Regulators met with officials from large banks Thursday to discuss the "living wills" behemoths must develop under the Dodd-Frank law. The law, which gives the Federal Deposit Insurance Corp. new resolution powers over systemically risky firms, requires banks to draft blueprints of how they would be unwound. The FDIC and the Federal Reserve Board are expected to issue joint guidelines next quarter on constructing the plans.

During a series of roundtables hosted by the FDIC on Dodd-Frank implementation, regulators and bankers discussed numerous topics, including what information the FDIC would need in a resolution, the need for cross-border coordination and how to make a living will relevant through multiple economic cycles.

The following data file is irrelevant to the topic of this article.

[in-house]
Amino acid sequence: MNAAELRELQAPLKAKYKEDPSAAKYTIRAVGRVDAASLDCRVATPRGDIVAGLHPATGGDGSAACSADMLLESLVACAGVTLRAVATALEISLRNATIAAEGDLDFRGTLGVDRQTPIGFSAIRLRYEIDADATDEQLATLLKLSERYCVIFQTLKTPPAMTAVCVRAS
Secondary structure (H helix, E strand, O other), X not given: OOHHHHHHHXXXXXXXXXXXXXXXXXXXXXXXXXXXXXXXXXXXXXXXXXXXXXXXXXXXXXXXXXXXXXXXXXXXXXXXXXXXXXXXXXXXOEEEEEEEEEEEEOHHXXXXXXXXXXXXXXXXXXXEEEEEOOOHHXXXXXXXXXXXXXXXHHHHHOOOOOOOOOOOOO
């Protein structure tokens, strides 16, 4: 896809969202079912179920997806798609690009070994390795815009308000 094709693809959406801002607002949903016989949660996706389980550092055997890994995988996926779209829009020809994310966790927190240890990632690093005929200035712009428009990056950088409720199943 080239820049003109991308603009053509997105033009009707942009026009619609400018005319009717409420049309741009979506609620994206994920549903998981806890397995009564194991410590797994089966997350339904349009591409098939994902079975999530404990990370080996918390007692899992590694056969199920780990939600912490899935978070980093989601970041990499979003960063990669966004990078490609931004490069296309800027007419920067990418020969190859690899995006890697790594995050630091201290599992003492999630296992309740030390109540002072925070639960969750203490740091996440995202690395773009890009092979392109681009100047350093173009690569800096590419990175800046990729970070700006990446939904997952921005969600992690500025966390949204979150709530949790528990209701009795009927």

The FDIC hosted a prior roundtable on its resolution authority Aug. 31.

FDIC Chairman Sheila Bair said regulators responding to the recent crisis had a "dearth of information in two key areas," including the extent of a firm's systemic reach and how to separate subsidiaries from a firm's holding company structure.

"Sometimes it's not clear where the bank ends and the holding [company] activity begins," Bair said.

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